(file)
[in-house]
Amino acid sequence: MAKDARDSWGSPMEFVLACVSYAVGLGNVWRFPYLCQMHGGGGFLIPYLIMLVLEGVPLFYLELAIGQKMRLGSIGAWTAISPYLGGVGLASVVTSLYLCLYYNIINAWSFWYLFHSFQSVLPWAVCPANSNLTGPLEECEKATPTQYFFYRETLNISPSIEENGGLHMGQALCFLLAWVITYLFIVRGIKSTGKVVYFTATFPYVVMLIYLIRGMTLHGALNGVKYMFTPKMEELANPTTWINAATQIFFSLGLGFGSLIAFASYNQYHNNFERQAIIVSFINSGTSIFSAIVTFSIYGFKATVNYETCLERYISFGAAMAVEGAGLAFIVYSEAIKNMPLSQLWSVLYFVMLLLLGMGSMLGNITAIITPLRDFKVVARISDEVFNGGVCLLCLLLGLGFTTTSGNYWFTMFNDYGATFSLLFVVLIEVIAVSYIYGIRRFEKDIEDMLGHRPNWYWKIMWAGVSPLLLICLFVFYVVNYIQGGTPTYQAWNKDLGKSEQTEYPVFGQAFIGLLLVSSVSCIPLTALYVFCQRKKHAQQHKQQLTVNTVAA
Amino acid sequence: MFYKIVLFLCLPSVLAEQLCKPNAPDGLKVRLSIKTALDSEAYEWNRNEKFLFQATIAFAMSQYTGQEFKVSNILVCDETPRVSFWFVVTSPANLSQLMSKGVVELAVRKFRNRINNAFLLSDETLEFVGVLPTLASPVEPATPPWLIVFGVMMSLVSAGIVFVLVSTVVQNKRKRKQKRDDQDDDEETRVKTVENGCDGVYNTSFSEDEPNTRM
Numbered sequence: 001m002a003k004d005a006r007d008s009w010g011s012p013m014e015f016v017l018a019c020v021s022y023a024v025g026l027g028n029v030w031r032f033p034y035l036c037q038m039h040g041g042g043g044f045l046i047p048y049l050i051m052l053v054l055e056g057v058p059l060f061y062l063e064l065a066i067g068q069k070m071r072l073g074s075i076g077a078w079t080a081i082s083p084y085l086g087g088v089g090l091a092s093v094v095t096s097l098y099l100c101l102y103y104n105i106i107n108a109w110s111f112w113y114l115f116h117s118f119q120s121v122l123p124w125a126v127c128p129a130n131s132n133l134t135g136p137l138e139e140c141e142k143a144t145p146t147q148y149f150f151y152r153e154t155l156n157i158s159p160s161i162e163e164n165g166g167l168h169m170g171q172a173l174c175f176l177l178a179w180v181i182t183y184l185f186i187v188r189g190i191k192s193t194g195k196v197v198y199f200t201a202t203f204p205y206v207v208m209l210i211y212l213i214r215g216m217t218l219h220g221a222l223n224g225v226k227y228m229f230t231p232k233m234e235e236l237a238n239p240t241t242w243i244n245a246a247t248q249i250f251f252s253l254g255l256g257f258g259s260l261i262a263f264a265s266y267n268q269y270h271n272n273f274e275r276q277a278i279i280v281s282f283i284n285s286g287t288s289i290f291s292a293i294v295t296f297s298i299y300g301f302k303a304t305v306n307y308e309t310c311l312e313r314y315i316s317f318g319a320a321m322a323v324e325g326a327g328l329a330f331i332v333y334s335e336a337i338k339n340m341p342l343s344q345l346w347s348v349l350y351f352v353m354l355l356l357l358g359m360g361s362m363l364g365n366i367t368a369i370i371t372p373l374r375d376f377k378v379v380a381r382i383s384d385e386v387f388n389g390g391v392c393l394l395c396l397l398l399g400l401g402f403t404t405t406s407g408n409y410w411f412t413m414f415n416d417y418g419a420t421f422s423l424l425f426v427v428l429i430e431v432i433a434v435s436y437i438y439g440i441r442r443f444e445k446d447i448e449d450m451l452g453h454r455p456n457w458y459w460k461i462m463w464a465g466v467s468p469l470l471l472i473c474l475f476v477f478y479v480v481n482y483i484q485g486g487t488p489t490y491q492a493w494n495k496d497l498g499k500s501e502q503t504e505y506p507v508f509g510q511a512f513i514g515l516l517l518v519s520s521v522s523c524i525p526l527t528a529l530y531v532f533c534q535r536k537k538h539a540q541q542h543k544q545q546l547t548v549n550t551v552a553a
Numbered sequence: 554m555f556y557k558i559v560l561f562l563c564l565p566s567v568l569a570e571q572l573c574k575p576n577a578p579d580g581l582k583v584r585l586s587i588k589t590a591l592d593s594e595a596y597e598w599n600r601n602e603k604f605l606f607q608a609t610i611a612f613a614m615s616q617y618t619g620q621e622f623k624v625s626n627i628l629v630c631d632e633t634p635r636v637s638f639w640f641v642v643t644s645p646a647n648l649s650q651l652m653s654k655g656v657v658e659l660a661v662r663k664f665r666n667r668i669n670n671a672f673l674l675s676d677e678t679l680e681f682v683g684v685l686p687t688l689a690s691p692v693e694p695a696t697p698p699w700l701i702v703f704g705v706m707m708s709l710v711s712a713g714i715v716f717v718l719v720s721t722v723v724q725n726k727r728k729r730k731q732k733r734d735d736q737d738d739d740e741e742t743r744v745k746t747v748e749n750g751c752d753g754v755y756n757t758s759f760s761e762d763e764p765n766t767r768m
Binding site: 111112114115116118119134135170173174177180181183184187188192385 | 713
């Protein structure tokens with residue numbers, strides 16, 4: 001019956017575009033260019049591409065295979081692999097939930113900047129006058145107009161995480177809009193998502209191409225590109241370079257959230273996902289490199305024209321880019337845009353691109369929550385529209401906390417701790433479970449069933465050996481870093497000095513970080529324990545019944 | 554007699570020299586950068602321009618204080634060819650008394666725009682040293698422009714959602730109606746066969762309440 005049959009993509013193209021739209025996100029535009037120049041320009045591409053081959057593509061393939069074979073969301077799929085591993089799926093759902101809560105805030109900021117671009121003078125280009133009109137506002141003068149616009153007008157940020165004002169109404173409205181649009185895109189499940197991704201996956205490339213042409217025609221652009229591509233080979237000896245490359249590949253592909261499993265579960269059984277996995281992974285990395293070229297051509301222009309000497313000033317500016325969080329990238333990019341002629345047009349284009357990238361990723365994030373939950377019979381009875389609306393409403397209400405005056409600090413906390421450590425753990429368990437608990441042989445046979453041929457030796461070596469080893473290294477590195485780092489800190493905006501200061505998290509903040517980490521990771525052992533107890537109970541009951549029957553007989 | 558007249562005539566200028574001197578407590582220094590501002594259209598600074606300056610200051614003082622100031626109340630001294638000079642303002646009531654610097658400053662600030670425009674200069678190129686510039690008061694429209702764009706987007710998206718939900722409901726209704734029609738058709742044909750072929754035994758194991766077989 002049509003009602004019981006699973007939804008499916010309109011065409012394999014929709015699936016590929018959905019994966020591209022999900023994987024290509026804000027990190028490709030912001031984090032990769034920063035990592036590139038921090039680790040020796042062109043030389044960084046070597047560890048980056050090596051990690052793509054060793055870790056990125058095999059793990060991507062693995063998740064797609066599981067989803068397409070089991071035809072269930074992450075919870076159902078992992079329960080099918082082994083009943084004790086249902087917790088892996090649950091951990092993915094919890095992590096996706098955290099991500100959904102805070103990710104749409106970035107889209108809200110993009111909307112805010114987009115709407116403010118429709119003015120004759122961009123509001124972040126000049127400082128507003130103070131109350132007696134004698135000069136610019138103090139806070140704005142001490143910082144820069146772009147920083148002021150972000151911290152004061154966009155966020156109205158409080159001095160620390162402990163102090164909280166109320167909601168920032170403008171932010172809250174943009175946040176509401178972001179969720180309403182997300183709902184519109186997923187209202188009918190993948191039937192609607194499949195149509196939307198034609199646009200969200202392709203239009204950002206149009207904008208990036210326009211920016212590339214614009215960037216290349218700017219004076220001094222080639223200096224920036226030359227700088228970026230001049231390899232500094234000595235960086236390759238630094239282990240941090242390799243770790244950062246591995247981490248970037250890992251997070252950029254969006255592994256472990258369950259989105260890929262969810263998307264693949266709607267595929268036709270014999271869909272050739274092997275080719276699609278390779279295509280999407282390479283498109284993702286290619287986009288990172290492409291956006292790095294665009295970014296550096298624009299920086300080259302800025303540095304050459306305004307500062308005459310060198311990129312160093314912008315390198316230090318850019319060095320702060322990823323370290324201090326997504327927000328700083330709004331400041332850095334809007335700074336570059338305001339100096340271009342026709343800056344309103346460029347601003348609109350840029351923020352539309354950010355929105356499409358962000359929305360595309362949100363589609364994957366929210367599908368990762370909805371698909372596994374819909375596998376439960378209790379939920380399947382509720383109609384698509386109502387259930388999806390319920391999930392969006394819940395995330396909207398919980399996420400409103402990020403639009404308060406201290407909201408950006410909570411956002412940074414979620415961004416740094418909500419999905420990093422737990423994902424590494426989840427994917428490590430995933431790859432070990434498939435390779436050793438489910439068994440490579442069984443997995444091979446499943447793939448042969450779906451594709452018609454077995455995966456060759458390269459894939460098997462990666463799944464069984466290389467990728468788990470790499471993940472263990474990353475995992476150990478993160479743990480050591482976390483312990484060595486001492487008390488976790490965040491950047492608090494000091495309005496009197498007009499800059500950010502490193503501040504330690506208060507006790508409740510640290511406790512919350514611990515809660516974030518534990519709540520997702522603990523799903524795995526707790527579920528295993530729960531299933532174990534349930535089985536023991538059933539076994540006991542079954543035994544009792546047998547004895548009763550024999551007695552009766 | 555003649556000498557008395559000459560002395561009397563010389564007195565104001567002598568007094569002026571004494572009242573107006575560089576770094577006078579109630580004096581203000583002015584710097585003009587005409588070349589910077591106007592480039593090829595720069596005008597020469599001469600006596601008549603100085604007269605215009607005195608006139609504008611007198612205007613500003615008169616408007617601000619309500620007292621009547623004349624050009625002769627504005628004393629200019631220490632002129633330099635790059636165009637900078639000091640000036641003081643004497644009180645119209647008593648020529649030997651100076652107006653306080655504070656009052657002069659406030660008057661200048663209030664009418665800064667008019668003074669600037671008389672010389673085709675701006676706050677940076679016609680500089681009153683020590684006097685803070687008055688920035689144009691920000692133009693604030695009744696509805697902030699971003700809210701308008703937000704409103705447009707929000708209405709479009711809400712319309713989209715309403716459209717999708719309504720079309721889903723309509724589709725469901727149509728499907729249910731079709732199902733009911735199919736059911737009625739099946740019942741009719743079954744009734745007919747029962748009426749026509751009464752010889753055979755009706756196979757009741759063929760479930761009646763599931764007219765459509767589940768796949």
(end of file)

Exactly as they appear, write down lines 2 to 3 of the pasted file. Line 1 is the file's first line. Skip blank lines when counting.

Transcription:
Amino acid sequence: MAKDARDSWGSPMEFVLACVSYAVGLGNVWRFPYLCQMHGGGGFLIPYLIMLVLEGVPLFYLELAIGQKMRLGSIGAWTAISPYLGGVGLASVVTSLYLCLYYNIINAWSFWYLFHSFQSVLPWAVCPANSNLTGPLEECEKATPTQYFFYRETLNISPSIEENGGLHMGQALCFLLAWVITYLFIVRGIKSTGKVVYFTATFPYVVMLIYLIRGMTLHGALNGVKYMFTPKMEELANPTTWINAATQIFFSLGLGFGSLIAFASYNQYHNNFERQAIIVSFINSGTSIFSAIVTFSIYGFKATVNYETCLERYISFGAAMAVEGAGLAFIVYSEAIKNMPLSQLWSVLYFVMLLLLGMGSMLGNITAIITPLRDFKVVARISDEVFNGGVCLLCLLLGLGFTTTSGNYWFTMFNDYGATFSLLFVVLIEVIAVSYIYGIRRFEKDIEDMLGHRPNWYWKIMWAGVSPLLLICLFVFYVVNYIQGGTPTYQAWNKDLGKSEQTEYPVFGQAFIGLLLVSSVSCIPLTALYVFCQRKKHAQQHKQQLTVNTVAA
Amino acid sequence: MFYKIVLFLCLPSVLAEQLCKPNAPDGLKVRLSIKTALDSEAYEWNRNEKFLFQATIAFAMSQYTGQEFKVSNILVCDETPRVSFWFVVTSPANLSQLMSKGVVELAVRKFRNRINNAFLLSDETLEFVGVLPTLASPVEPATPPWLIVFGVMMSLVSAGIVFVLVSTVVQNKRKRKQKRDDQDDDEETRVKTVENGCDGVYNTSFSEDEPNTRM